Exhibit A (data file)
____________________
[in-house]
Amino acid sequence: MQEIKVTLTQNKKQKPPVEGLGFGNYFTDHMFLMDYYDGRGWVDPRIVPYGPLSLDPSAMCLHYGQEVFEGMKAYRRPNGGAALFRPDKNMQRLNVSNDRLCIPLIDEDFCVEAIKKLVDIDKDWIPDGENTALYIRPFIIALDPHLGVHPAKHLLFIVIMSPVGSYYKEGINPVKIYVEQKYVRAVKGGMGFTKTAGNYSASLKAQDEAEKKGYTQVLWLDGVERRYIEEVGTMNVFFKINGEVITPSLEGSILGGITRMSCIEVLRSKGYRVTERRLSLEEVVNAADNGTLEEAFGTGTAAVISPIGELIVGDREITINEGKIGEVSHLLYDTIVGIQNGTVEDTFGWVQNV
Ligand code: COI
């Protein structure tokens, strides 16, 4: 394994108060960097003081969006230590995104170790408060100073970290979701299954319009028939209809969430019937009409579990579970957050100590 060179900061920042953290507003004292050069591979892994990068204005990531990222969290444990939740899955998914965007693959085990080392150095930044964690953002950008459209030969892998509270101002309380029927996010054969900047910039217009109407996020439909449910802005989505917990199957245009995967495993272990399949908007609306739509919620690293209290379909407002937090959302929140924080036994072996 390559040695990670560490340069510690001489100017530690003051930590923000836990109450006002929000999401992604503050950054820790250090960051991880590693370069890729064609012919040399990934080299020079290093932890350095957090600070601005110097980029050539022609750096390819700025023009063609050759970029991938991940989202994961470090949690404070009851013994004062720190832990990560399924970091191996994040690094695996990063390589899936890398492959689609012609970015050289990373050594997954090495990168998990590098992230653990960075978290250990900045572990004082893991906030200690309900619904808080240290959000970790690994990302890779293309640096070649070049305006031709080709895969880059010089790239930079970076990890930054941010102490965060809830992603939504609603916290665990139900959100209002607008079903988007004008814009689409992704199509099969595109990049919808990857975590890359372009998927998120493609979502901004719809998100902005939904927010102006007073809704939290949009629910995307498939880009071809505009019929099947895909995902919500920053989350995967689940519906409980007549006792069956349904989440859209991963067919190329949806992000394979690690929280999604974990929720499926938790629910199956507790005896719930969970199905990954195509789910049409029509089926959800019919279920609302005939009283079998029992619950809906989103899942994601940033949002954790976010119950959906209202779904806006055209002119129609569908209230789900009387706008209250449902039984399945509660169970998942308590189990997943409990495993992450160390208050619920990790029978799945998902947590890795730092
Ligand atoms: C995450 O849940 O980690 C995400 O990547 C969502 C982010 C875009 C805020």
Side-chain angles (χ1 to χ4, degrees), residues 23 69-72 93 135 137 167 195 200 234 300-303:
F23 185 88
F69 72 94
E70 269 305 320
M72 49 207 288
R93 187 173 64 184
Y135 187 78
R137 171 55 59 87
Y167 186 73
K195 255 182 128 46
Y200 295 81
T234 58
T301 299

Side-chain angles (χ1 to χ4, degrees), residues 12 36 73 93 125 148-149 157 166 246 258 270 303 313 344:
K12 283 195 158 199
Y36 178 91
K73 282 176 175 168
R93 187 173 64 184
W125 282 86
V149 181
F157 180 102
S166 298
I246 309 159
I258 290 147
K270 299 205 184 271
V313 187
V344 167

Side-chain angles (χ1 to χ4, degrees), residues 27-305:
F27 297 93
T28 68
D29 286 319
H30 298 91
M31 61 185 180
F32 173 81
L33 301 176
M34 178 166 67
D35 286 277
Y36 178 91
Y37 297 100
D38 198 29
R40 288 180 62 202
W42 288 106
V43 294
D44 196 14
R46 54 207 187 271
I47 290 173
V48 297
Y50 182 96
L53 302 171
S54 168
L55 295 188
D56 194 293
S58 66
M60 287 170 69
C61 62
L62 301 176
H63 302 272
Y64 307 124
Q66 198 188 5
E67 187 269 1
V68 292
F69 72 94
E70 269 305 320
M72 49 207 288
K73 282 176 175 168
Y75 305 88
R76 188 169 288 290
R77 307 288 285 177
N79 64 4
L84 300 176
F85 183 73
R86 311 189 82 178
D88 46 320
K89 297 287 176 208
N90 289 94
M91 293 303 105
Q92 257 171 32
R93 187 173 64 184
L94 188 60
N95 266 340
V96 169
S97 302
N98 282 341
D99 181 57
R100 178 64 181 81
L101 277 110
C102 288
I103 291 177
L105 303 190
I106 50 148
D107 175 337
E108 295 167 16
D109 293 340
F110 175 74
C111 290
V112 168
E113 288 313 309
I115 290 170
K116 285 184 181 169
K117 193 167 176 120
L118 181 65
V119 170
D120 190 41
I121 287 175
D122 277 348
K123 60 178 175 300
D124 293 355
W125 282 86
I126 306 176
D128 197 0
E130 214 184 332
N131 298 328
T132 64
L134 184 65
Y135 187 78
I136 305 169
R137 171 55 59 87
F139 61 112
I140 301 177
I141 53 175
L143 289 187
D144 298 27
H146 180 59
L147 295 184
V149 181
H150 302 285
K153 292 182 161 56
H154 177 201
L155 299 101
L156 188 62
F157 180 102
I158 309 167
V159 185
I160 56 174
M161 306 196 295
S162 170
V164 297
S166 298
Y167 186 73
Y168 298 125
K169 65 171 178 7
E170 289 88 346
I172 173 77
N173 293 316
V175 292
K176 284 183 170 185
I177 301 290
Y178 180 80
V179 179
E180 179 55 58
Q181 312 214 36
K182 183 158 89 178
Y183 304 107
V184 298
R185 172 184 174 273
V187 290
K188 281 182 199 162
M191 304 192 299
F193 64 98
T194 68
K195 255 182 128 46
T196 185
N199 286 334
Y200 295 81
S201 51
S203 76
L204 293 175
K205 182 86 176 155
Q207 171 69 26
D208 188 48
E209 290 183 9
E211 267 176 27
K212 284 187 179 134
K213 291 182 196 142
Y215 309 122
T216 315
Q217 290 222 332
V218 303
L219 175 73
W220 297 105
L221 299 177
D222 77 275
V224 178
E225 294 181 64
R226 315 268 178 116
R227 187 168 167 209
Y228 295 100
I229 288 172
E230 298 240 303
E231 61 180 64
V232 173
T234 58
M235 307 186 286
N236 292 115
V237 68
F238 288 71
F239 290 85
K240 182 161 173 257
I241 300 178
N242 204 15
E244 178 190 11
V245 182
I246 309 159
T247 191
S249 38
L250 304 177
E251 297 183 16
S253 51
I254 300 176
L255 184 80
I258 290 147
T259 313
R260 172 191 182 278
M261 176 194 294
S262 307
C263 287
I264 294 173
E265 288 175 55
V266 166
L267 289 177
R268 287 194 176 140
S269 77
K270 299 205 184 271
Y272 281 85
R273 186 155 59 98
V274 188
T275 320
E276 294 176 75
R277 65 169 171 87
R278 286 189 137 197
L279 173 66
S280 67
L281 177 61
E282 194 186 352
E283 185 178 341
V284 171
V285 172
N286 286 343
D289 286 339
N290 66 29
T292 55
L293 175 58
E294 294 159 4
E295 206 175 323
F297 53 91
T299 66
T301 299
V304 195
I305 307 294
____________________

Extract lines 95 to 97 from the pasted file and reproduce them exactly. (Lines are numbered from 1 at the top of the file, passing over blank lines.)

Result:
I106 50 148
D107 175 337
E108 295 167 16